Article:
Several years later, when I had brought Ishmael out of Sierra Leone to New York, I learned that he was astonished that day when I introduced myself as a storyteller. He shared with me on one of our first mornings as mother and son, that while visiting his grandmother during the harvest season in Mattru Jong, he sat every evening in a circle with villagers and listened to stories. He could never forget the feeling, although he sadly said he could barely remember the tales. Ishmael explained how important it was for each child to be able to retell the story correctly. The result of this, he began to recognize, was strengthening heightened awareness and listening skills, as well as making everyone a part of a long history still unfolding.
So I asked Ishmael for any story he remembered. This is the fragment he told to me. (Later Ishmael recalled the entire story and the storyteller named Lele Gombe, “who knew how to make a story come alive so it was not forgotten.” The more he healed, the more he recalled.)
“There was one story. Yes, I wish I could remember it. It is about a man who washed himself every morning. He took out each organ, cleaned it and replaced it. One day he took out his heart but forgot to put it back in his body. He was a nice man. But when he went out that day he insulted everyone he met. He ignored old people and those in need. He had so many arguments that everyone asked him what was the problem. Then he remembered that he had not put back his heart. He went home. It was still on the table. He put his heart back in his body. He went out and said he was sorry to everyone.”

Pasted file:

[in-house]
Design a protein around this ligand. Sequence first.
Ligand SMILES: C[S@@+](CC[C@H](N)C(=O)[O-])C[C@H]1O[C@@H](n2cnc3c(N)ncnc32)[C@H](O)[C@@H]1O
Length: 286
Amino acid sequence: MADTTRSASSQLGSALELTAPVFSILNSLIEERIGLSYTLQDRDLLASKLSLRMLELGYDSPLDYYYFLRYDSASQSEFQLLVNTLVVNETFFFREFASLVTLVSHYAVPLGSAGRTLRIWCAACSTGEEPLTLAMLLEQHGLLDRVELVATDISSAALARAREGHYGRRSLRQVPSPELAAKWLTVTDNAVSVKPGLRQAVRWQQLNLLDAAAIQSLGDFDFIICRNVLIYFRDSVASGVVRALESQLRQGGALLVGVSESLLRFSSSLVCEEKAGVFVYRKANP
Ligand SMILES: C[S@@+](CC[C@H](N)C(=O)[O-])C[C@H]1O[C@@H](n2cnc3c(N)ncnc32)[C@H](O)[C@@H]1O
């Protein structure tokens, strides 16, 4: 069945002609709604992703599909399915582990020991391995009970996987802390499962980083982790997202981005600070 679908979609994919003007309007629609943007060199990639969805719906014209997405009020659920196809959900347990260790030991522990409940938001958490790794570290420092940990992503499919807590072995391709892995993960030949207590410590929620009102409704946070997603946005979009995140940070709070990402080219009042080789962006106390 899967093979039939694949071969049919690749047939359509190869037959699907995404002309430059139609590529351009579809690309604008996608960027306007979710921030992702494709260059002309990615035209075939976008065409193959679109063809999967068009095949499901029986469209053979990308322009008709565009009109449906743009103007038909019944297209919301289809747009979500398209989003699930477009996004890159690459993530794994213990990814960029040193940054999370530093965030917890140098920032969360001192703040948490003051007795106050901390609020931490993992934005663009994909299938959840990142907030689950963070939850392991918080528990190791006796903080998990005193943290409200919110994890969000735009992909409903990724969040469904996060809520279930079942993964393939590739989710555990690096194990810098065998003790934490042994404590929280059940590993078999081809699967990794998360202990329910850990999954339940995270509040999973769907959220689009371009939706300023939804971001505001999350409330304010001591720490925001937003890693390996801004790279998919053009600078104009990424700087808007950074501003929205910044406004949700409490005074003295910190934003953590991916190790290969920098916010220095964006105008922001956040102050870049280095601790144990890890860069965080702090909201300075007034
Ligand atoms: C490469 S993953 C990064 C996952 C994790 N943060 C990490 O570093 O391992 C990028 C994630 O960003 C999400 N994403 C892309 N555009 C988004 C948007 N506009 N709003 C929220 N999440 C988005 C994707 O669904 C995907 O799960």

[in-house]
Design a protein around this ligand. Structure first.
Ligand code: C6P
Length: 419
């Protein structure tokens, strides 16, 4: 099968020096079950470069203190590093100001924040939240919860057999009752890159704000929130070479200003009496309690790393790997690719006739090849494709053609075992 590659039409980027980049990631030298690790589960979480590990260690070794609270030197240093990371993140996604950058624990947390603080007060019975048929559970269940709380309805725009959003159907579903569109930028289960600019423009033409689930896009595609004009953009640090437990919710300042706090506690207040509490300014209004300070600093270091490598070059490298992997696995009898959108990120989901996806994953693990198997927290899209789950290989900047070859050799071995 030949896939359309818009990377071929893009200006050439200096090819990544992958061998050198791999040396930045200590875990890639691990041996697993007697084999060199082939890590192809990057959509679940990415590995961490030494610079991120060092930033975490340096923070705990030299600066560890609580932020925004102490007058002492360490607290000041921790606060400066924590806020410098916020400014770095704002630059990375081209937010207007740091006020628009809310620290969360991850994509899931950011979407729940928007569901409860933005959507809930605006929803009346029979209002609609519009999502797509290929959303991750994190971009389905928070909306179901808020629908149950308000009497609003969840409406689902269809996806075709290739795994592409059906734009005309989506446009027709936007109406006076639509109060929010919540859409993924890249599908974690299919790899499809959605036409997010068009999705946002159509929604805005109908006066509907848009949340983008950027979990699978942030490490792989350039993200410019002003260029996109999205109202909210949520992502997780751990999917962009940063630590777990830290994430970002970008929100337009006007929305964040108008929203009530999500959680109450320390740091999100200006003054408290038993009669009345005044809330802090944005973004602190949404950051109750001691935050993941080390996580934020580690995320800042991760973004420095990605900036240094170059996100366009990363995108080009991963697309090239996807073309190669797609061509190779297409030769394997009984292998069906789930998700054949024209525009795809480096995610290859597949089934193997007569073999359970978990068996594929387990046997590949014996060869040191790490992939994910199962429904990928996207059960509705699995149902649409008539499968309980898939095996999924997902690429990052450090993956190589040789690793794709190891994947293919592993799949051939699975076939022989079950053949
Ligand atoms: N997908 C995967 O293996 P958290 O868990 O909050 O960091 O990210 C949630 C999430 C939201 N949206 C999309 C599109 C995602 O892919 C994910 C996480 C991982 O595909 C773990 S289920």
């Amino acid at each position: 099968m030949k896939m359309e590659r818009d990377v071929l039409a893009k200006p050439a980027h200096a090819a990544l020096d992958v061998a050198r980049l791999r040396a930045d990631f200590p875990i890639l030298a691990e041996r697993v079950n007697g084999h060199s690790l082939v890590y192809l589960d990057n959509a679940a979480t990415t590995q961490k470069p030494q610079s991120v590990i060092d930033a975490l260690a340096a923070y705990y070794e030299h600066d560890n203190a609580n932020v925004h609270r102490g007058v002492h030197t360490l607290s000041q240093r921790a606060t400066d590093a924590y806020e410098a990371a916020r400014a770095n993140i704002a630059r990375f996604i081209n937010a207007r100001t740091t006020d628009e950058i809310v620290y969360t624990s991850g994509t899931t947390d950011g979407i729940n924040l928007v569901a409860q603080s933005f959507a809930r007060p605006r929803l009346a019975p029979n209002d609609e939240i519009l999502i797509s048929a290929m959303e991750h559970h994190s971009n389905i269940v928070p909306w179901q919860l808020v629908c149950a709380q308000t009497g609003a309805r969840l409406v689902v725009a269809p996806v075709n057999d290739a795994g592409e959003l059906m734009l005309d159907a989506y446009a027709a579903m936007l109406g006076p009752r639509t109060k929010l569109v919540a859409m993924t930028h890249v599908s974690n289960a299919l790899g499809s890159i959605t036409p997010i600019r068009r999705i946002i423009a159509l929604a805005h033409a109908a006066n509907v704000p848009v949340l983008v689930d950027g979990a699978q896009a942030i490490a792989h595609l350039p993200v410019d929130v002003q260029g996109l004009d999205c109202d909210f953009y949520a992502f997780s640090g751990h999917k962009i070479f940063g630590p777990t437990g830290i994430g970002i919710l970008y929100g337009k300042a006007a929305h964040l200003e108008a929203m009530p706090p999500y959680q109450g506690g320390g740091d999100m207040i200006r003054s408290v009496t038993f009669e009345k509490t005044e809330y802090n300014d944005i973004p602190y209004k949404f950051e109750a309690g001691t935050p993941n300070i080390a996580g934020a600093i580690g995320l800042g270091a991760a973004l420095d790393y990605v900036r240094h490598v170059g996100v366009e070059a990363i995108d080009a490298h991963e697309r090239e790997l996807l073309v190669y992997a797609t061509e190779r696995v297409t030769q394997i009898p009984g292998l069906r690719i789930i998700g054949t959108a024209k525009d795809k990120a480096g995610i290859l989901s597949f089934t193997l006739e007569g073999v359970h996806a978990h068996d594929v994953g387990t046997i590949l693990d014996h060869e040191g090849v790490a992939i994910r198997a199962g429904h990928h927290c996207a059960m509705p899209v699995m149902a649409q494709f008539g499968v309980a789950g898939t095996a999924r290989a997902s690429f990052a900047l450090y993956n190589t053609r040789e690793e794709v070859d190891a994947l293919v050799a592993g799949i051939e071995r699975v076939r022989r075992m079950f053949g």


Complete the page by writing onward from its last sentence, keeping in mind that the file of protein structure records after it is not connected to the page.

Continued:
In an essay called “Sudden Story,” published in the Storytelling Magazine, I wrote about the taxi ride with Alusine back to JFK airport at the end of the UN Conference. He was terrified of going back to Freetown, terrified for his life. While in the taxi he could not stop crying and asked me to tell him a story. I shared with him a tale that Ben Haggarty had once told to me in a car while we traveled north of London to a festival. It was a story about a poor boy who saw a magician with a magic finger that could turn things to gold. The magician offered the boy many things, each larger and more valuable. Each time the boy refused the gifts offered and asked for more. Finally, the magician inquired, ‘What do you want?’ The boy answered, “I want a magic finger.”
The woman from Norwegian People’s Aid who accompanied me was somewhat irritated and asked, “Why did you tell that story?, Honestly, at the time I had no conscious idea. But, Alusine replied softly, “Because it is what I want.” The demand of that moment had brought up a tale that he heard in its essence and it made me closer to him, realizing he could not only survive, but live.